It’s almost a cliche.

You read a paragraph, have no idea what you just read, and go back to the top to try again. The stuff is just not getting into your head.

It can feel like an utter waste of time.

In many ways it is. But often the trouble isn’t that you aren’t smart enough. It’s that you aren’t taking your time.

A wandering mind, in particular, takes time.

Now certainly, there are those moments where you are deep in flow, getting more done in a fifth of the time that anyone else does. But getting there, that warm up phase that you often don’t even realize you’re going through, takes time.

But what would you do during that time?

When reading, any word, any phrase can generate a series of associations. These are thoughts that form based on whatever is front of you.

Sometimes there’s an obvious connection. Sometimes there isn’t. Sometimes, you only feel bored and wish to be somewhere else.

But to make it through with a sense of understanding, these associations, these thoughts and feelings that come to mind, need time to form and settle.

Without that time, we instead experience confusion. The ideas bouncing and melding into one another as our eyes continue to move across yet more unknown ideas and concepts, only fuel the confusion, until we fall into some dissociated fantasy of just about anything else.

The odd matter is that our reflex is to do exactly what works against us, namely speed up.

Maybe it’s because of the years of schooling, a place where time is quite regimented. Maybe everyone else seemed to “get it” while you didn’t, so you had to speed up just to keep up with whatever the day’s agenda was.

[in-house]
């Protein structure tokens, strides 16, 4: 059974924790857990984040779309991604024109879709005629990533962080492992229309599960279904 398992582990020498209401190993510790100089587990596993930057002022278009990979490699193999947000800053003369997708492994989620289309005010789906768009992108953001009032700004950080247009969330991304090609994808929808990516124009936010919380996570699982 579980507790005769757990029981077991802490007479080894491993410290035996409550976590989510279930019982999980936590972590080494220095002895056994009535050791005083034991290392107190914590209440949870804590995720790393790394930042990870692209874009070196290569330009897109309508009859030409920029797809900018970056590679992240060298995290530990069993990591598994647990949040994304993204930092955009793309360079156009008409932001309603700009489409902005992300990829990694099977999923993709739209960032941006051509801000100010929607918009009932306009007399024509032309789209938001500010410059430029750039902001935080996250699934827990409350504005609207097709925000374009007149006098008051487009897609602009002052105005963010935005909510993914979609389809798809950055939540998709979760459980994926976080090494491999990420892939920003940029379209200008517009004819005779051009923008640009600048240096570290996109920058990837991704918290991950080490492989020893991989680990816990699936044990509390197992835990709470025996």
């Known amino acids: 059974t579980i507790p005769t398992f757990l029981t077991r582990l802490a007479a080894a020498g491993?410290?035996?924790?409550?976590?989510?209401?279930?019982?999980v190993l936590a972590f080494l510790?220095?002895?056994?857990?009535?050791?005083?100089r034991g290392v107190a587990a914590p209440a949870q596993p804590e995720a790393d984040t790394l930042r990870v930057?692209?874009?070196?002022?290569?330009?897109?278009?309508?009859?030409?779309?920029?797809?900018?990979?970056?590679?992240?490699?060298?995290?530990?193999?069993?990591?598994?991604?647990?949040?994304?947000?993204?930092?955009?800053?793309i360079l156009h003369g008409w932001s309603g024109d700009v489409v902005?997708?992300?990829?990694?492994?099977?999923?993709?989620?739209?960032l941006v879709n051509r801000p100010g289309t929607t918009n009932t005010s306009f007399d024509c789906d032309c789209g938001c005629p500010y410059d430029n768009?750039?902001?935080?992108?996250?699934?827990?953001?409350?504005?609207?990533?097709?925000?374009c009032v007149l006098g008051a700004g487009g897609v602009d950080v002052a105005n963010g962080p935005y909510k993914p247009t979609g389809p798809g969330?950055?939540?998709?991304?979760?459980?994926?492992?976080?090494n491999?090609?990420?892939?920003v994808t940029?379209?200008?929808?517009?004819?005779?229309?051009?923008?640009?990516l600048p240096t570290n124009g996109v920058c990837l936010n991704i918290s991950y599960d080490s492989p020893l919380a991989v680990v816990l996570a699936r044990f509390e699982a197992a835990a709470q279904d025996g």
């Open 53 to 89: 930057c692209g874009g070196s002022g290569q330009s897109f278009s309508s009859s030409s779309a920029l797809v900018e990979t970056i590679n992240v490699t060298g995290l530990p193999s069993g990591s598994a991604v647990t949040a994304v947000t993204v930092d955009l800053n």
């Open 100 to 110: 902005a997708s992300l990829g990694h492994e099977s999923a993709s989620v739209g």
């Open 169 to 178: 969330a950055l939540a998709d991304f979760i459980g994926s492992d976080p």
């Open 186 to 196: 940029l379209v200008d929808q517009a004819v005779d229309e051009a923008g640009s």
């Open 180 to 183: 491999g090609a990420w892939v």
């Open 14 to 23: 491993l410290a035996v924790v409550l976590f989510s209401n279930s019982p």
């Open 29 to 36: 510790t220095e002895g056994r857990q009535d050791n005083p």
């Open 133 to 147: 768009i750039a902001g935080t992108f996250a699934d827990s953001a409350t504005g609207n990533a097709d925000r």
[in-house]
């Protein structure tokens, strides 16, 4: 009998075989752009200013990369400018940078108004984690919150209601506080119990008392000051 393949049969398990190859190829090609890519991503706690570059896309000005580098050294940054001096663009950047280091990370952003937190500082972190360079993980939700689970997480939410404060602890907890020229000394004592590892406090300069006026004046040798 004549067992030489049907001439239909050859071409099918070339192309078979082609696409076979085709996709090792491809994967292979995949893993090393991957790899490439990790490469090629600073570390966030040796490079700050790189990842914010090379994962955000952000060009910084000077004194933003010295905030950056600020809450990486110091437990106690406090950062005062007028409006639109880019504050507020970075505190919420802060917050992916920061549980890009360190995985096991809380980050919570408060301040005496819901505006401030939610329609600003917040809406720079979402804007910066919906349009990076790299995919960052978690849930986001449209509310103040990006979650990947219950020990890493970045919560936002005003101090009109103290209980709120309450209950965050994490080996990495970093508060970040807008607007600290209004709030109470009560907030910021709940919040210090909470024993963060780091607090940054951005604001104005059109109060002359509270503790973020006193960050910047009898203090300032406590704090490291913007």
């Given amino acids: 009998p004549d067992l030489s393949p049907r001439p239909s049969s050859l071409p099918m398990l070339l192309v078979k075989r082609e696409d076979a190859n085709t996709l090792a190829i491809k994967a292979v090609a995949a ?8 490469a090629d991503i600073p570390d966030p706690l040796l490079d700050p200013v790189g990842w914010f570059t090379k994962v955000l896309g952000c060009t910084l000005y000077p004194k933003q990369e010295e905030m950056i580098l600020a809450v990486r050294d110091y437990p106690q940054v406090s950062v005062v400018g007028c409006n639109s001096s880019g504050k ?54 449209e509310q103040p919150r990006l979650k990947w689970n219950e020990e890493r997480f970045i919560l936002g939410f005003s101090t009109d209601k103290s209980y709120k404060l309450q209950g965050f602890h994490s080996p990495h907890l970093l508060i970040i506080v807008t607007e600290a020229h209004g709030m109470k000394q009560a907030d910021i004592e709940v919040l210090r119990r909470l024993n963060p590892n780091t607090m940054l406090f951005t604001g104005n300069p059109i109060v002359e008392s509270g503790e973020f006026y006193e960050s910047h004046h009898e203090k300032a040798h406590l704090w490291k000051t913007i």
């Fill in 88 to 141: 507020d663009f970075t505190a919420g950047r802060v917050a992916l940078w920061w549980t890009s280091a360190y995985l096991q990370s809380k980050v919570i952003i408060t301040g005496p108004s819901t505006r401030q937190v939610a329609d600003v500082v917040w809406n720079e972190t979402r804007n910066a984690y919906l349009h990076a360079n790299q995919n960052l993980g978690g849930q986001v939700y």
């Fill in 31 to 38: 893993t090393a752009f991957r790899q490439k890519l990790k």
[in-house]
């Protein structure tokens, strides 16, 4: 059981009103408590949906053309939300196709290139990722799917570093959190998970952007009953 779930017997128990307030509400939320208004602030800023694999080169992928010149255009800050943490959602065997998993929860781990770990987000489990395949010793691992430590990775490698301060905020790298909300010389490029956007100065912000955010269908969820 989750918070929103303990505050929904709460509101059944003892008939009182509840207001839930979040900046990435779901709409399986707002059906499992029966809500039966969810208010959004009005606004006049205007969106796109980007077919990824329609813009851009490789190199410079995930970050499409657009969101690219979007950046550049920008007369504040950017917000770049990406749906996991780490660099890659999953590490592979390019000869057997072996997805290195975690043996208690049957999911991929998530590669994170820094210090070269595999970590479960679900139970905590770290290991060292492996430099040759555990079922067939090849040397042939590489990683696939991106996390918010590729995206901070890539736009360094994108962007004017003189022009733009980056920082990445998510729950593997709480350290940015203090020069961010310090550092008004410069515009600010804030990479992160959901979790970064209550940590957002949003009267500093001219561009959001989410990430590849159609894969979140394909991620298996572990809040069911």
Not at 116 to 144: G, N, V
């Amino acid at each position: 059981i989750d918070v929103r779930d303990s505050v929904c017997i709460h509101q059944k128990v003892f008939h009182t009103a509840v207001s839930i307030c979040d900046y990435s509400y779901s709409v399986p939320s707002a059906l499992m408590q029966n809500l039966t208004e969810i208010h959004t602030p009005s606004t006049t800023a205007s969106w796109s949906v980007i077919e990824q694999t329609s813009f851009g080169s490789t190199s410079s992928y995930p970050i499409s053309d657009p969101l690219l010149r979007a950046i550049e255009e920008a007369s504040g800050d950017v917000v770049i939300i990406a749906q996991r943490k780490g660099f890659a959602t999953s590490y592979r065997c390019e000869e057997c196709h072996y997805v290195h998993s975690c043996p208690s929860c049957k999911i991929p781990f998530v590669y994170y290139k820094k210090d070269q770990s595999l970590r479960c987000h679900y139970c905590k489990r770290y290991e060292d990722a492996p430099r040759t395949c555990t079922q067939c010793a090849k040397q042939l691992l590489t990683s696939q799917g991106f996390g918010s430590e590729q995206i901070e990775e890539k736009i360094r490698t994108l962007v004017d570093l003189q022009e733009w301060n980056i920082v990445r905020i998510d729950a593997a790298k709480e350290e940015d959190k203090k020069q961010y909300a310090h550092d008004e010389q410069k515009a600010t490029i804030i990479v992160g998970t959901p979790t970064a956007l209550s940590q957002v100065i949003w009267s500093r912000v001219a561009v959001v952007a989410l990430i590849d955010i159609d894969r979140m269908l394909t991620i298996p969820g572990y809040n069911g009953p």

As a result, you might even have concluded that you’re “dumb”, “slow”, “scattered”, “lazy”, among any number of other negative reproaches. So the fight against the “dumbness” by speeding up or re-reading the paragraph continues into adulthood.

But what if it was the lack of connection with the material that lead to further wanderings? What if the mind was only asking for a sense of realstimulation?

Instead, what if we give ourselves time, time to reflect on the thoughts and feelings that come to mind, considering how they might connect or not with what’s in front of us? At the moment confusion hits, what if we asked the simple, “What does this mean?” or “How does this connect with that?”

Whatever the result, we’d be more grounded in ourselves. We’d have a better sense of what we knew and didn’t know, and where we might go next.

The reality of the situation would come closer to our experience.

Maybe we weren’t dumb. We just needed time, from others and now ourselves, to connect to what feels meaningful.